$16.50 (inc gst)
informed date number
author: TRENT MANKELOW Director Optimal Usability, Wellington
reviewed by: TERRY McCAUL Manager Human Resources Contact Energy, Wellington
nov 05 024
In 2002, a study conducted in England revealed
an executive guide to information technology & telecommunications
that 70 per cent of people admitted to shouting,
swearing at or generally acting violently towards
design blunders their computer. One restaurant manager got so
mad at his laptop that he threw it in the deep
VoIP - flavour of fryer, ruining both the laptop and the deep fryer.
the month? Aren’t computers supposed to make our lives easier and less stressful?
Unfortunately, using the Internet can be just as frustrating and time-consuming. No one wants to
10 governance waste their precious time fighting with websites. While website design has come a long way in the
Project portfolio past five years, there are still many basic mistakes that sites make.
In the last 18 months Optimal Usability has evaluated the websites of more than 140 New Zealand
13 customer contact organisations. Evaluations typically involve observing real users as they perform common tasks on
Measuring what matters a website. Our observations show us what frustrates, confuses and annoys website users. Design
problems are often very similar, regardless of the industry or type of website. We repeatedly see the
16 on the move same website design mistakes – most of which are easily corrected.
Your wallet is ringing Top 10 mistakes
17 trends & international The top 10 mistakes in order of importance are:
News update 1. Poor categorisation and labelling of
Problems with site structure and the names of the
main categories are among the most damaging
problems for a website. Websites will ultimately
fail if users cannot find the information they
seek. The structure and labelling of the website
should match the language and concepts that
users are familiar with.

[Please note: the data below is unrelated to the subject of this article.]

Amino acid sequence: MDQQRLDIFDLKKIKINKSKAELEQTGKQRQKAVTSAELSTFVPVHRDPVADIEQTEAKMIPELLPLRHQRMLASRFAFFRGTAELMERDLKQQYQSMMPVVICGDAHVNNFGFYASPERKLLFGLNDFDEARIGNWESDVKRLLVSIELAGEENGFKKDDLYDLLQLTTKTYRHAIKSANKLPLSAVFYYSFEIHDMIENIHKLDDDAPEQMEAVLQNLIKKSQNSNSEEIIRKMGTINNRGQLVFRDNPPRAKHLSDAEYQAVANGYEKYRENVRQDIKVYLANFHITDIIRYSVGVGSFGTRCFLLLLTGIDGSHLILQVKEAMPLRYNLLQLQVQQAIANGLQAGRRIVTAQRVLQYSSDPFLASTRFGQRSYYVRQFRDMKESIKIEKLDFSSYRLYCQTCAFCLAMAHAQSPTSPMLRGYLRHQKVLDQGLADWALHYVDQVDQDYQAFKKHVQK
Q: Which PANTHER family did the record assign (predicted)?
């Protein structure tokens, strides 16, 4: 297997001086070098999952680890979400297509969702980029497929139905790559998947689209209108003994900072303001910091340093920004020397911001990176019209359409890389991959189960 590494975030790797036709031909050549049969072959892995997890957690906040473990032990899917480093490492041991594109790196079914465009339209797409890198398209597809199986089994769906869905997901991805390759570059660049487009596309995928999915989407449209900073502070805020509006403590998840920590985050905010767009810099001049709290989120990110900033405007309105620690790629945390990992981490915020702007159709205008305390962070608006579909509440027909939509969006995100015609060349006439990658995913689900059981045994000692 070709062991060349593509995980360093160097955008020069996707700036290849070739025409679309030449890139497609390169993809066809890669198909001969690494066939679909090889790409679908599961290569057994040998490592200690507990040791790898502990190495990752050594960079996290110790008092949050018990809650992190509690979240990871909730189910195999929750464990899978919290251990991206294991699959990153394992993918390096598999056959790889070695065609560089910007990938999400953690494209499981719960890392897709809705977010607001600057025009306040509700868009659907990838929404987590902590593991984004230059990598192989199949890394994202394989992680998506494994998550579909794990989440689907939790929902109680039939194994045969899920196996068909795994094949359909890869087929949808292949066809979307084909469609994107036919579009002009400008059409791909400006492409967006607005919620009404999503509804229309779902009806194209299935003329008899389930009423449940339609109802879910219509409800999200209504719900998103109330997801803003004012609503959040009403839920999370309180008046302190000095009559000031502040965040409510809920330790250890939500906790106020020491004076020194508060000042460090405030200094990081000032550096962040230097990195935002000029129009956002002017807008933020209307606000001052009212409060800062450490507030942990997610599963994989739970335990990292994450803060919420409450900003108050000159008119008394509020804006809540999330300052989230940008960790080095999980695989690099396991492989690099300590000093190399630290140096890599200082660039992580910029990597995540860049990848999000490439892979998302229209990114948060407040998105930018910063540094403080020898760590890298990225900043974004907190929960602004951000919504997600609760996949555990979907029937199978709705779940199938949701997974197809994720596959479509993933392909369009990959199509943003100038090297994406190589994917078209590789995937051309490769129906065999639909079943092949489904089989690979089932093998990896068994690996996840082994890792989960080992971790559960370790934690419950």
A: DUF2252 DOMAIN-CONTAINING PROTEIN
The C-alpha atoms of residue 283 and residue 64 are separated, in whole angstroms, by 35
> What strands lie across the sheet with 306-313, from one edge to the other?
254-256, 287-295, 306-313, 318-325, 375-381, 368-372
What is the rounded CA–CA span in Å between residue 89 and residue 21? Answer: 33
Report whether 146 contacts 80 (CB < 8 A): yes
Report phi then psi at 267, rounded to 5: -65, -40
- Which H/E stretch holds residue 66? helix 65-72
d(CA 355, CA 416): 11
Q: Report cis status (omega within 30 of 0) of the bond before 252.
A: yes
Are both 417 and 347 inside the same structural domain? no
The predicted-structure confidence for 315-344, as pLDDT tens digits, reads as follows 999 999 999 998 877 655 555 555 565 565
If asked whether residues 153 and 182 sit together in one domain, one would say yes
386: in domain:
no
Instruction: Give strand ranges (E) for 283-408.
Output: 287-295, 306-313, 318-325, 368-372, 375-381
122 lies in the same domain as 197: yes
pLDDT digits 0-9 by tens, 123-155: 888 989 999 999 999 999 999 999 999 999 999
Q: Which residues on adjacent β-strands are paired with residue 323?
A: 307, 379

For example, the Pumpkin Patch website has “Shopping” and “Product Guide” categories –
neither of which actually shows the range of kids clothing that they have for sale. Too often websites
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from page 1 . e-space
reflect the internal structure and labels used by the organisation rather than those
of their customers. People spend most of their time at other sites.
2. Poor navigation design That’s why it’s crucial that your site follows
Even if a site is well organised and information is in clearly labelled categories, the
design of the navigation elements can undo all the good work. Navigation design
standard design conventions and behaves as
incorporates things like the left and top navigation bars, and footer links. The visitors would expect.
trouble is that:
. people are often unsure of where they are within the website’s overall structure;
. sub-pages within the site are not linked to from the navigation bars; 7. Poor use of links
. it is difficult for people to tell where they have been on the site, as previously The Internet used to have a very simple instruction manual: if it’s blue and
visited links are not differentiated from links the user is yet to visit; underlined, click on it. Nowadays the look of links has changed somewhat, but the
. navigation options are difficult to scan because of verbose link labels and basic behaviour holds true. People move around by clicking on things. The problems
cluttered placement. occur when:
. It is not obvious what a user can and can’t click. This makes it very difficult to
3. Cluttered page layout
Many pages are difficult for users to scan because the design is cluttered; move around a site. Often images look as though they are clickable when they’re
information isn’t aligned and there is too much unused space; the most important not. It should always be clear what people can click on.
. Links lead to unexpected document downloads. People are not always warned
information on a page isn’t clear at a glance; and few pages make effective use of
section headings and sub-headings so that it is obvious how the information on a when they are about to download non-HTML web content, such as Excel
page is structured. spreadsheets or PDF documents. This can be particularly frustrating for people on
Furthermore, many sites display text as graphics, which is almost always a slower Internet connections who are then forced to wait for the download.
. Links lead back to the current page. In one project, we found that a whopping
bad idea because it makes the text harder to read. Website designers should also